“We are not lacking, we are living,” Alok Vaid-Menon, a gender-nonconforming writer and performance artist, said to UW-Eau Claire faculty, staff and students.
Vaid-Menon spoke to UW-Eau Claire students, faculty and staff on their artistic lens as it challenges race, gender binaries and the current political climate.
“I exist in this world — creating beauty, despite everything — such that someday, someone will be able to look back and actually say, I can do that too,” Vaid-Menon said.
At 6 p.m. on Oct. 20, the “Racing Toward Justice” forum series held their second virtual event: “In conversation with Alok Vaid-Menon.”
The series is hosted by the UW-Eau Claire Center for Restorative Justice, a campus organization to prepare students in equity, diversity and inclusion.
The Center was first initiated in the fall of 2020 by Warren Anderson, the vice chancellor for equity, diversity, inclusion and student affairs.
Chris Jorgenson, director of the gender & sexuality resource center, said the forum series is essential to provide a space for EDI conversations, where students can see a model of the institution’s mission through real-world application.
“The more people (who) can carve out the time for these conversations, the more we as an institution can live our commitment to equity, diversity and inclusion — instead of just talking about it,” Jorgenson said.
Vaid-Menon began their speech by providing historical and political background to better understand the foundation of anti-trans violence of LGBTQ and BIPOC communities in the United States.
Prejudiced acts against minorities — in the nation’s history — were often connected to the physical or aesthetic preferences of race and gender, they said.
“A lot of my work is about aesthetics and art,” Vaid-Menon said. “Aesthetics have always been racialized in this country. [Historically] they would say when you look at Black people, indigenous people and people of color, they have not developed enough to have an aesthetic distinction between men and women.”
Jorgenson said Vaid-Menon shares not only their diverse and intersectional upbringing in the world — as a non-binary person of color — but directs a message of empathy toward others to the Eau Claire community.
“Alok has really incredible insight into complicated and complex life experiences, such that it’s accessible to people,” Jorgenson said. “How they live their personal and professional lives — unapologetically — is really exciting to see and aspirational for so many on campus and off.”
Vaid-Menon has published several written works — “Femme in Public” (2017) and “Beyond the Gender Binary” (2020) — which address their personal gender aesthetics and wisdom toward non-conforming societal ideals, according to Vaid-Menon’s website.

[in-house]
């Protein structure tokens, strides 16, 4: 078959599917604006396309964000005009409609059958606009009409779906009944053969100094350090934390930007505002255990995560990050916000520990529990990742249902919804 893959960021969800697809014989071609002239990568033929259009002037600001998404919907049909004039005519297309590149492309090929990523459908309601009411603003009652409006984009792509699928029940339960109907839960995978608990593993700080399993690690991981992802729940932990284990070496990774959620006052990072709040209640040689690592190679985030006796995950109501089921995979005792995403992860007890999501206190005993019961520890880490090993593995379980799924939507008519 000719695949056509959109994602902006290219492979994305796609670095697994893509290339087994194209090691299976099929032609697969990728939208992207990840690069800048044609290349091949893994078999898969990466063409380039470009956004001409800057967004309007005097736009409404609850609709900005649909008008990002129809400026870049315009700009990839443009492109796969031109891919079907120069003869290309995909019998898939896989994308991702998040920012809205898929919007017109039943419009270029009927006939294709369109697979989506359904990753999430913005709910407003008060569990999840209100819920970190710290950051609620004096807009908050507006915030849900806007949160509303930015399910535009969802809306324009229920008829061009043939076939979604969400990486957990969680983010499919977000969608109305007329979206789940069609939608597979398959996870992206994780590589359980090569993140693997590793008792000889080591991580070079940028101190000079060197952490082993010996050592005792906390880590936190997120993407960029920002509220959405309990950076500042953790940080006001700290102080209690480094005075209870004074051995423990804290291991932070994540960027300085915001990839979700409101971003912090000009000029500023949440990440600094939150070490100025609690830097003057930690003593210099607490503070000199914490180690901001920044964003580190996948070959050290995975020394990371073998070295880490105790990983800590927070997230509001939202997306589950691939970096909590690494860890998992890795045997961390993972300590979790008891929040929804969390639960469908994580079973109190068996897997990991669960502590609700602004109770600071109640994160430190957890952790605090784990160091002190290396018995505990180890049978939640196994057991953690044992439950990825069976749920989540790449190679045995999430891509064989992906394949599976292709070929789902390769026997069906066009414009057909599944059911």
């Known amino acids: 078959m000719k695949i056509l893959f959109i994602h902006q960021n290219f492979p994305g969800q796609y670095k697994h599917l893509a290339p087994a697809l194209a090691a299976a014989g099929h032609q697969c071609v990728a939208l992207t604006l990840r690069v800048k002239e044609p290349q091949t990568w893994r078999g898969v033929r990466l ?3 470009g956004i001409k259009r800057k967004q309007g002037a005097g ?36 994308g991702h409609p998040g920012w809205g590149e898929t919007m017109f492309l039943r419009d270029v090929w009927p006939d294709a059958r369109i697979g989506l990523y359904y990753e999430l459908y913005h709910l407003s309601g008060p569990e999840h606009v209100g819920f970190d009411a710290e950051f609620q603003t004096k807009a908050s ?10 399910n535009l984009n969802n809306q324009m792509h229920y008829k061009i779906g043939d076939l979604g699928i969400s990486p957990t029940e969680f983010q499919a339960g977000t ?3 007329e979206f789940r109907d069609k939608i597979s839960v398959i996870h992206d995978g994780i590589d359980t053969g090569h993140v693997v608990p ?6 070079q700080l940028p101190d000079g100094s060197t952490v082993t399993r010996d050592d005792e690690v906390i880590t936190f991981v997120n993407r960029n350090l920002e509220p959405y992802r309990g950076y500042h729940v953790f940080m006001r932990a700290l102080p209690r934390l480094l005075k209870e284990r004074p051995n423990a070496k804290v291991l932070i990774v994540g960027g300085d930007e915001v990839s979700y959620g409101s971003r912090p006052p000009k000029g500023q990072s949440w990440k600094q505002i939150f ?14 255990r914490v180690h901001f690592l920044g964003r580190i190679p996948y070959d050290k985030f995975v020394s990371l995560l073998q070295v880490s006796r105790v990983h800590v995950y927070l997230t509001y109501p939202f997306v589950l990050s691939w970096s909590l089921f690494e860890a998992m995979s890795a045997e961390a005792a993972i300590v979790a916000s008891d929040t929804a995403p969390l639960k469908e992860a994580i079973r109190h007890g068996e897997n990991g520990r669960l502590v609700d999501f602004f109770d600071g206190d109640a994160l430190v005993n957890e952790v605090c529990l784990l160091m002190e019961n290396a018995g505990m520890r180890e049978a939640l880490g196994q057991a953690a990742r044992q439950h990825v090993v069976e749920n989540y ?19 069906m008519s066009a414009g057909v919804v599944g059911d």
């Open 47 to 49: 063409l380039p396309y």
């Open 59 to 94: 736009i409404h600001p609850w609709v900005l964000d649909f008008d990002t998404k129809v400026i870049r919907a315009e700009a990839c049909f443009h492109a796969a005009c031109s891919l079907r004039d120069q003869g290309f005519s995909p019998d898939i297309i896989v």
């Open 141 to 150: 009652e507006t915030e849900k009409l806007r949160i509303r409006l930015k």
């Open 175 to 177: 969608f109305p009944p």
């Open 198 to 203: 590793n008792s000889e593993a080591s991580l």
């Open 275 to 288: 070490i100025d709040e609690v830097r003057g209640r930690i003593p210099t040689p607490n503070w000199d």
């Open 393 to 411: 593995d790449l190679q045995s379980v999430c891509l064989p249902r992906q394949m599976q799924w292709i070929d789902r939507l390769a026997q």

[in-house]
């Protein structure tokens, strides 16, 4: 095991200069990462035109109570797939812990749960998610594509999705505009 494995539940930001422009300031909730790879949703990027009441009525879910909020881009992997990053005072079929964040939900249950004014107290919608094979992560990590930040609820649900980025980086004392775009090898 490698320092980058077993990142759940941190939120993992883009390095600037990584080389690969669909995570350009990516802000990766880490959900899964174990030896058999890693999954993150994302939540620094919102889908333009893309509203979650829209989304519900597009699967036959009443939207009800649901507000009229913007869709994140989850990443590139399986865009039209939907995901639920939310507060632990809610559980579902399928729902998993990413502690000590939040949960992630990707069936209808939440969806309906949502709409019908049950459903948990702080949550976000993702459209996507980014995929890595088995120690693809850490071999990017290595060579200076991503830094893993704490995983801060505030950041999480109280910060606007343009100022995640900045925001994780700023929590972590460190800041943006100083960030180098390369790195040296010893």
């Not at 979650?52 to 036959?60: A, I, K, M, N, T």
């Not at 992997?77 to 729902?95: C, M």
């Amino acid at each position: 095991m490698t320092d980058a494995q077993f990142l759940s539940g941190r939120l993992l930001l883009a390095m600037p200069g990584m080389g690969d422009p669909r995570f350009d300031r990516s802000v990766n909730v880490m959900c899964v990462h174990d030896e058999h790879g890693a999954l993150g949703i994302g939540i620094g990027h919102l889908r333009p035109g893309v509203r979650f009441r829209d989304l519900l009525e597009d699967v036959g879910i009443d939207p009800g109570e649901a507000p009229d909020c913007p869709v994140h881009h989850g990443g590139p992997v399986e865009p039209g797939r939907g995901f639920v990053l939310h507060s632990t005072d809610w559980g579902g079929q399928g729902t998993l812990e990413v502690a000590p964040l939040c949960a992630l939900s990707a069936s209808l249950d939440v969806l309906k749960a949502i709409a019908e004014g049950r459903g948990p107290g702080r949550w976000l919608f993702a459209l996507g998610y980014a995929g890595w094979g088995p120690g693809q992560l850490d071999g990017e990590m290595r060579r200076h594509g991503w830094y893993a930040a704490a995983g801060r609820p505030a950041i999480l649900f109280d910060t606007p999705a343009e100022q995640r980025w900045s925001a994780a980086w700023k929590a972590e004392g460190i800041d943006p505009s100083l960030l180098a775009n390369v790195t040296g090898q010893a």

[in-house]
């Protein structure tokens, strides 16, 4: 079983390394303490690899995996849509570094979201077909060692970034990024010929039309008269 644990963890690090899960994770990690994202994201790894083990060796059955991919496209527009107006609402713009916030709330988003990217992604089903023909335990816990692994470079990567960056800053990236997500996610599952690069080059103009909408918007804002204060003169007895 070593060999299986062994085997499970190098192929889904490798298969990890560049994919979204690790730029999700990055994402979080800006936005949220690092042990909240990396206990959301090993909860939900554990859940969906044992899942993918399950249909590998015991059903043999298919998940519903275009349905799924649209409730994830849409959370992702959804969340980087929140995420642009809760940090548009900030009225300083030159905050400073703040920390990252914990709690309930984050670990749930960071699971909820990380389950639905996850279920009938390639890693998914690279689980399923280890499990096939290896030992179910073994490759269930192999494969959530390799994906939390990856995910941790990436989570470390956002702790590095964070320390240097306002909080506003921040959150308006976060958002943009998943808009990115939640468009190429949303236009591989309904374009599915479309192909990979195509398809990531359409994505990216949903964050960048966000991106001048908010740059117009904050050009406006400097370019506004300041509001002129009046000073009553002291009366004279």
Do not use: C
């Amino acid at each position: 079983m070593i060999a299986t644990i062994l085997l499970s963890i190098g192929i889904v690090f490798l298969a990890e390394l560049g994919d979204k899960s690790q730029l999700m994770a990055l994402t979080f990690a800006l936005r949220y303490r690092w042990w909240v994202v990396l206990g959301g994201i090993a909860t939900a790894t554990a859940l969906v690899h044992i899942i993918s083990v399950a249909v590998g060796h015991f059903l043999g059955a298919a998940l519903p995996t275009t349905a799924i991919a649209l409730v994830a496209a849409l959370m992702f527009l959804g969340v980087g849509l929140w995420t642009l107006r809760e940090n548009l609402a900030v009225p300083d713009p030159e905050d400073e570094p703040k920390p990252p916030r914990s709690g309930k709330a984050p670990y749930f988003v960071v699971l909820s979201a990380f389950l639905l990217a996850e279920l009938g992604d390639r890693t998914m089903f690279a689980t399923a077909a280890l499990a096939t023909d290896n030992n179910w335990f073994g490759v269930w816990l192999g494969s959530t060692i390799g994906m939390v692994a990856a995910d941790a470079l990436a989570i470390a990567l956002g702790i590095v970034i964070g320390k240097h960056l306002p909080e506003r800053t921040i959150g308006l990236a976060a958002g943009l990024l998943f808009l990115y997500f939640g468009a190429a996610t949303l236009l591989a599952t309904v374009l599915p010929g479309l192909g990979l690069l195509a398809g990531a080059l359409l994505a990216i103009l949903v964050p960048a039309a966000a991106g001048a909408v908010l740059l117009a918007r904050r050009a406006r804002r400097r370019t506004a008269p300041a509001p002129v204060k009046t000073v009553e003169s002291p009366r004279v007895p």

Rosa Gómez, a second-year political science and journalism student, asked Vaid-Menon about being an activist in the Western world while also being the most authentic version of themself.
Vaid-Menon — in response to Gómez — said there are several rewarding qualities they focus on when being authentic in the creative arts. Specifically, finding a community who also understands their expression.
“You are going to find this amazing group of people that you’ve been trying to find your entire life,” Vaid-Menon said. “You begin to experience that spiritual co-presence — meaningful friendships — when you find other people who have been absconded and rejected. That is the most luxurious honesty of being alive. We experience friendship and actually experience it.”
Jorgenson said those who attend the “Racing Toward Justice” forums bring various levels of background to the conversation of EDI and will take away new backgrounds afterward.
“If you get someone to think about something in a way that they’ve never considered, you offer them the potential to expand their worldview to include people who belong to communities that they do not,” Jorgenson said. “Some people who attend will have never seen anyone like Alok. So them just being themselves effects change for communities who are not used to seeing non-binary representations.”
Vaid-Menon said their call to action for the Eau Claire campus was to interject in conversations that label transgender, gender non-conforming and minority people as inadequate.
“I want you to interject in that conversation and say trans and gender non-conforming people are not lacking — they’re living life on their own terms,” Vaid-Menon said. “That is a beautiful thing to do. The pursuit of justice and advocacy for transgender and conforming people is an extension of racial justice.”
The next forum in the “Racing Toward Justice” series will be held at 6 p.m. on Nov. 10 and feature Kim TallBear, associate professor of native studies at the University of Alberta, Canada and author of “Native American DNA: Tribal Belonging and the False promise of Genetic Science.”
Nelson can be reached at [email protected].